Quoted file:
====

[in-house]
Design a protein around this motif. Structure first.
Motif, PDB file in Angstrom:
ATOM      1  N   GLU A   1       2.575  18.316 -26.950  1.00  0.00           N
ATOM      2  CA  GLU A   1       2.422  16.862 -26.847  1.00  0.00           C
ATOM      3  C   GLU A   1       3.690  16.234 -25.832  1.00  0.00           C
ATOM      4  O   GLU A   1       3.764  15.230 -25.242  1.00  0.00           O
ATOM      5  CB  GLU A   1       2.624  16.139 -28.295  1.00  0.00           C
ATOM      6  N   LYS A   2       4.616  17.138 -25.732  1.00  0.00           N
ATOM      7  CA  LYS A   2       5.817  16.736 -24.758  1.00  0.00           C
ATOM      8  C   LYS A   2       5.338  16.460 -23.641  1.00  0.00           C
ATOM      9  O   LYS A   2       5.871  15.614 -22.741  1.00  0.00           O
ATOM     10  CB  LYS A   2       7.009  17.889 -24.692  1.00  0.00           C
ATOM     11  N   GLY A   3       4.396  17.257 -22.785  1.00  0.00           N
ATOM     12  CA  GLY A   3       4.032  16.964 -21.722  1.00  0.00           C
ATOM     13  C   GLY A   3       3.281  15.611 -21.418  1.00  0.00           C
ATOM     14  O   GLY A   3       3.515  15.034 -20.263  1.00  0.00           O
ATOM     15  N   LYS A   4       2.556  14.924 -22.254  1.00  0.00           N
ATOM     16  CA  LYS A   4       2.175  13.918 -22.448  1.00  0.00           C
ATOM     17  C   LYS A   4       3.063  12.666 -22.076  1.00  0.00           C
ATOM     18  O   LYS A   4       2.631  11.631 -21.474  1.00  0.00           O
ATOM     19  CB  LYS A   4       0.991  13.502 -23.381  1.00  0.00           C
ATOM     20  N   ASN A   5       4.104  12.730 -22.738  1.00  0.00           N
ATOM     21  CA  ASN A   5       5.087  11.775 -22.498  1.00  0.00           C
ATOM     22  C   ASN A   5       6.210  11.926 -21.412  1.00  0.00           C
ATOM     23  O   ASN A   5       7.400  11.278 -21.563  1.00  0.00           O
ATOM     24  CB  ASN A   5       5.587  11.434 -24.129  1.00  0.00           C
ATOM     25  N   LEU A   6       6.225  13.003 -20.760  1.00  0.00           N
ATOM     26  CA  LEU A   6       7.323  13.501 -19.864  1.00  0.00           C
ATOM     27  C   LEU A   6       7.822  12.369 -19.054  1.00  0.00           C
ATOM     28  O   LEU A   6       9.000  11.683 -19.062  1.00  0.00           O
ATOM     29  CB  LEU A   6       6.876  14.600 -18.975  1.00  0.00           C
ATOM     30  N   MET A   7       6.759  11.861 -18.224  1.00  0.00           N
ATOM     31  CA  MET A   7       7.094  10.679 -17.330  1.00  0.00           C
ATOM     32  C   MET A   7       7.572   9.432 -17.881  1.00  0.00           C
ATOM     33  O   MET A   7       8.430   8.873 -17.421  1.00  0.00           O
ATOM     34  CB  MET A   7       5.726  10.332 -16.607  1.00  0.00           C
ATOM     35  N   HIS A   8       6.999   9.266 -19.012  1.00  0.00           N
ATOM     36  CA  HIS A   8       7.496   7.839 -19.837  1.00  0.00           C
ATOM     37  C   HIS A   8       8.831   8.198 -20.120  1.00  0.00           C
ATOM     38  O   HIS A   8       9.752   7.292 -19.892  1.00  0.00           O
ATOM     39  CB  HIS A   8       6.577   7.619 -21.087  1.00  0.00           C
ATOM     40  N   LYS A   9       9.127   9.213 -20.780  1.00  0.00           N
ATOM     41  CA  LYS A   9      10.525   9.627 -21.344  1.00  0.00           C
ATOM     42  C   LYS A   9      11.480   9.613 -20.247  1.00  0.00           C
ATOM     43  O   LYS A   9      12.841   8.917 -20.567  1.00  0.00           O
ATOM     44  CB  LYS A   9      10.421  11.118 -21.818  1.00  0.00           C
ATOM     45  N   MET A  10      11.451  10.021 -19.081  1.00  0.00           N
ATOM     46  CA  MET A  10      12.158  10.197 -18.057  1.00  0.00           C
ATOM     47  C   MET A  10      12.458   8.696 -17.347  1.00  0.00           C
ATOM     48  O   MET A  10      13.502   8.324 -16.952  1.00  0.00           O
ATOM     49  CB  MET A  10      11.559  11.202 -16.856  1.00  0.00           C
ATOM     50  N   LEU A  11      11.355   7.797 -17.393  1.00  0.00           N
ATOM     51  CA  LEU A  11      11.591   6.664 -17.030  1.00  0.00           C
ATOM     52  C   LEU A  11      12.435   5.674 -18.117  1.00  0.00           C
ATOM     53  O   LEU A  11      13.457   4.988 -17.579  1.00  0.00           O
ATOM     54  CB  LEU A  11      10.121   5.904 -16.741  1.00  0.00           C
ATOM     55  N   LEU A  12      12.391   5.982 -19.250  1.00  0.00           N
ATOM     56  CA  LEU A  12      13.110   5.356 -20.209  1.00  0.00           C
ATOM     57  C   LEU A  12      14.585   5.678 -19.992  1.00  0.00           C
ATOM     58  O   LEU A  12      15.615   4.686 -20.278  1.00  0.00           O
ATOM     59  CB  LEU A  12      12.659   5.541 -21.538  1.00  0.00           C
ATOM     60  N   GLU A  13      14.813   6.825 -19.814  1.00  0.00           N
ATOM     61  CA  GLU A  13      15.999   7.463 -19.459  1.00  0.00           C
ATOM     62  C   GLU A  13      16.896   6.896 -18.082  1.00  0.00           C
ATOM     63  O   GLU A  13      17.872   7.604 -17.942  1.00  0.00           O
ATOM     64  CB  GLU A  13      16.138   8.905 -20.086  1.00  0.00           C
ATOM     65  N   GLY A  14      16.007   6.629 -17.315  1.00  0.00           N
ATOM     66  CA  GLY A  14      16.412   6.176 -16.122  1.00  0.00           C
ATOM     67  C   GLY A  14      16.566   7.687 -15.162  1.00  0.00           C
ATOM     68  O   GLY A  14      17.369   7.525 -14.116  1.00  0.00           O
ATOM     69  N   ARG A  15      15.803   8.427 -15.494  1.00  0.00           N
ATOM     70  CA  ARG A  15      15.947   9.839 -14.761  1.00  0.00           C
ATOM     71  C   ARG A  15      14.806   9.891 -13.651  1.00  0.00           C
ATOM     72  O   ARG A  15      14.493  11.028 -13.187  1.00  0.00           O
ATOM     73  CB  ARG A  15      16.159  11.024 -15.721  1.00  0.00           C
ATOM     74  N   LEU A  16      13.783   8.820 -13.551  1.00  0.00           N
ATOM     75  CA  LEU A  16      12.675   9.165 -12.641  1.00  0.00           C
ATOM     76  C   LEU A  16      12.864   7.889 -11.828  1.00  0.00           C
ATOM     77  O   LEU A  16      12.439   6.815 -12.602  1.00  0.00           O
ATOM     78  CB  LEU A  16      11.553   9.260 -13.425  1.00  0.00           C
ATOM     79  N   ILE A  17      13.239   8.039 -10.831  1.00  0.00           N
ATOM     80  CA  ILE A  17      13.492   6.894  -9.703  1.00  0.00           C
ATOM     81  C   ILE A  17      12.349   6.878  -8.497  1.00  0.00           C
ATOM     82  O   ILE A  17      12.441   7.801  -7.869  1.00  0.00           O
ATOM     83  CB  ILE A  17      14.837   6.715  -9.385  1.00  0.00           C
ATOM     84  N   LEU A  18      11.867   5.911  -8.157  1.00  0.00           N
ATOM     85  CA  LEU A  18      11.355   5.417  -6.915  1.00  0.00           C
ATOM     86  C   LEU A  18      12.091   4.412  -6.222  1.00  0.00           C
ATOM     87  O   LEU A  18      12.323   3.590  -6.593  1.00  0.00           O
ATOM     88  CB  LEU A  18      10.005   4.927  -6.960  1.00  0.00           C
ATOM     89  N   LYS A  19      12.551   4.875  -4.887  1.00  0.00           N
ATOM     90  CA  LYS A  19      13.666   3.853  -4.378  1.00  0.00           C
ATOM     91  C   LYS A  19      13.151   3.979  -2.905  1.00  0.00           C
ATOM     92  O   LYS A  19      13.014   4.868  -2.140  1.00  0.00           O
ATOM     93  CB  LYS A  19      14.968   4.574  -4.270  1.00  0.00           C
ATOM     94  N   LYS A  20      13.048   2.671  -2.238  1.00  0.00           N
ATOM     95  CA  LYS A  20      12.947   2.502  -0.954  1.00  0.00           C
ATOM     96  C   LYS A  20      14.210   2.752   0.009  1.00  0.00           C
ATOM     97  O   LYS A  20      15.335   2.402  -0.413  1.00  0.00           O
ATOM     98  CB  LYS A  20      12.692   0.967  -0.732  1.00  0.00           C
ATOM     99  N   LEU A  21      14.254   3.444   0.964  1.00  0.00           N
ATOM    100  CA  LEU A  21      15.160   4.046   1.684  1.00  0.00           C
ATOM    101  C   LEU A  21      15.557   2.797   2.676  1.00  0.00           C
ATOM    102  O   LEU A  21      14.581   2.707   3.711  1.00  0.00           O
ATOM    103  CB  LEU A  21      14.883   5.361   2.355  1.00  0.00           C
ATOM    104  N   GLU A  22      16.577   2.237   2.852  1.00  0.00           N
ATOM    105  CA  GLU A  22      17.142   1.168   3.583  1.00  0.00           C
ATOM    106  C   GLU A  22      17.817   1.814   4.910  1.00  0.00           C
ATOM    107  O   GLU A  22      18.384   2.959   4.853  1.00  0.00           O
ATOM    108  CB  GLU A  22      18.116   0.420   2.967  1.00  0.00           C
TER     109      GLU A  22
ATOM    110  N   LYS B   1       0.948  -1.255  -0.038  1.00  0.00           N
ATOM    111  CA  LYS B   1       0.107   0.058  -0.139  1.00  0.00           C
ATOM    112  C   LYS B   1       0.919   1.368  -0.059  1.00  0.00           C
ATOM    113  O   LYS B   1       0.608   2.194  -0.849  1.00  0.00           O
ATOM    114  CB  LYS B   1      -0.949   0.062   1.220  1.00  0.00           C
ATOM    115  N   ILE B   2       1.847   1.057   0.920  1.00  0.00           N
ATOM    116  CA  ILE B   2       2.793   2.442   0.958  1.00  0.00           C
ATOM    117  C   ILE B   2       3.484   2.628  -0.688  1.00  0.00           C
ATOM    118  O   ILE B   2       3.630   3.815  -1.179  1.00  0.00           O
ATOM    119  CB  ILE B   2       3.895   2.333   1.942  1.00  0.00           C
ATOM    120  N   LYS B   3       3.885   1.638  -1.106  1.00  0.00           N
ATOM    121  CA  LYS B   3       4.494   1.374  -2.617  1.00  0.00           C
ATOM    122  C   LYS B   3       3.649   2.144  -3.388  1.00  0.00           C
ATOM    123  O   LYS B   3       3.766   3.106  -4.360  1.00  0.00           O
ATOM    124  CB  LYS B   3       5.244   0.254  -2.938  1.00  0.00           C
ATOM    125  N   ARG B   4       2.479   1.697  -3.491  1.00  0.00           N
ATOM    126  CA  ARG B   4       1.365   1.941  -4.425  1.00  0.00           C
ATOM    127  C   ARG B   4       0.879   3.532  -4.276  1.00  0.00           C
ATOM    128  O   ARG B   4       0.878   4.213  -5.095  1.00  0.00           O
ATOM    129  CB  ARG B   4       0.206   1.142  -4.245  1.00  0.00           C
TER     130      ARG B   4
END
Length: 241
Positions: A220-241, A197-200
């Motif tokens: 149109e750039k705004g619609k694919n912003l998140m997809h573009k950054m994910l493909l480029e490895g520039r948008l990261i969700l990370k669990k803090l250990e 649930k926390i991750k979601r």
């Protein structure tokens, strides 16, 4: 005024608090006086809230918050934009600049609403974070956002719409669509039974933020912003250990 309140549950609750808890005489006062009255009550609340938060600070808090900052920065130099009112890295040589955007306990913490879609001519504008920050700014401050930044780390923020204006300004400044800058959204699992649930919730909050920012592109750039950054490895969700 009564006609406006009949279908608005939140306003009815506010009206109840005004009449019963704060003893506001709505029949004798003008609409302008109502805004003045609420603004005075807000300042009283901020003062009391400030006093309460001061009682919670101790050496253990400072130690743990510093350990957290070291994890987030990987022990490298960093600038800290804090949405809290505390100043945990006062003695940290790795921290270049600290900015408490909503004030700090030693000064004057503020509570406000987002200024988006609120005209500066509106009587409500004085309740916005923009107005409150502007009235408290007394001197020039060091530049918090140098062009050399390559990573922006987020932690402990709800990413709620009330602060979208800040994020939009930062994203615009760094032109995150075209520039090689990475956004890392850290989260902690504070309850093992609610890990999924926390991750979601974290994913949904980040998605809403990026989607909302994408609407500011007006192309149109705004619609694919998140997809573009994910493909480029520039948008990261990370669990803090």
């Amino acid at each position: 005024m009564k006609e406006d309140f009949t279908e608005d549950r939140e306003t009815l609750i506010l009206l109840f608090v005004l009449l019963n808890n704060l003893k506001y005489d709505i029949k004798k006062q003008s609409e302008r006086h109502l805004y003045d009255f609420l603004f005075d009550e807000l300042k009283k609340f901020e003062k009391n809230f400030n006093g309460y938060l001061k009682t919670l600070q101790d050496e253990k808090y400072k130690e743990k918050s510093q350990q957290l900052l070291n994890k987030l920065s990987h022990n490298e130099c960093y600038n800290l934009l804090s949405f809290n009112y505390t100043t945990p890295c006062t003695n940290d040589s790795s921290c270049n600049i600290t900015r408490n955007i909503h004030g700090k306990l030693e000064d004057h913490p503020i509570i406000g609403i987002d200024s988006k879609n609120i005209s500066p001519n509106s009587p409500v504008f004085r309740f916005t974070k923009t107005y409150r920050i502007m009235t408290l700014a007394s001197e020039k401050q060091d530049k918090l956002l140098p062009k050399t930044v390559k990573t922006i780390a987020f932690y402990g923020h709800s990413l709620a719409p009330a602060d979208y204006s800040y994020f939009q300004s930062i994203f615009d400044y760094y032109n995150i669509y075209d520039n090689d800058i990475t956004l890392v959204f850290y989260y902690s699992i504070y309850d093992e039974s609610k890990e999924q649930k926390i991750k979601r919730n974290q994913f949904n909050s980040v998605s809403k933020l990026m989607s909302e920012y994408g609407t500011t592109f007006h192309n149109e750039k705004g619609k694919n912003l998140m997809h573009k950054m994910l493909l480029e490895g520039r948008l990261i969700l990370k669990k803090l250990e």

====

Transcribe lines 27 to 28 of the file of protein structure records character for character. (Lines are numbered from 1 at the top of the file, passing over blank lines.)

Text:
ATOM     24  CB  ASN A   5       5.587  11.434 -24.129  1.00  0.00           C
ATOM     25  N   LEU A   6       6.225  13.003 -20.760  1.00  0.00           N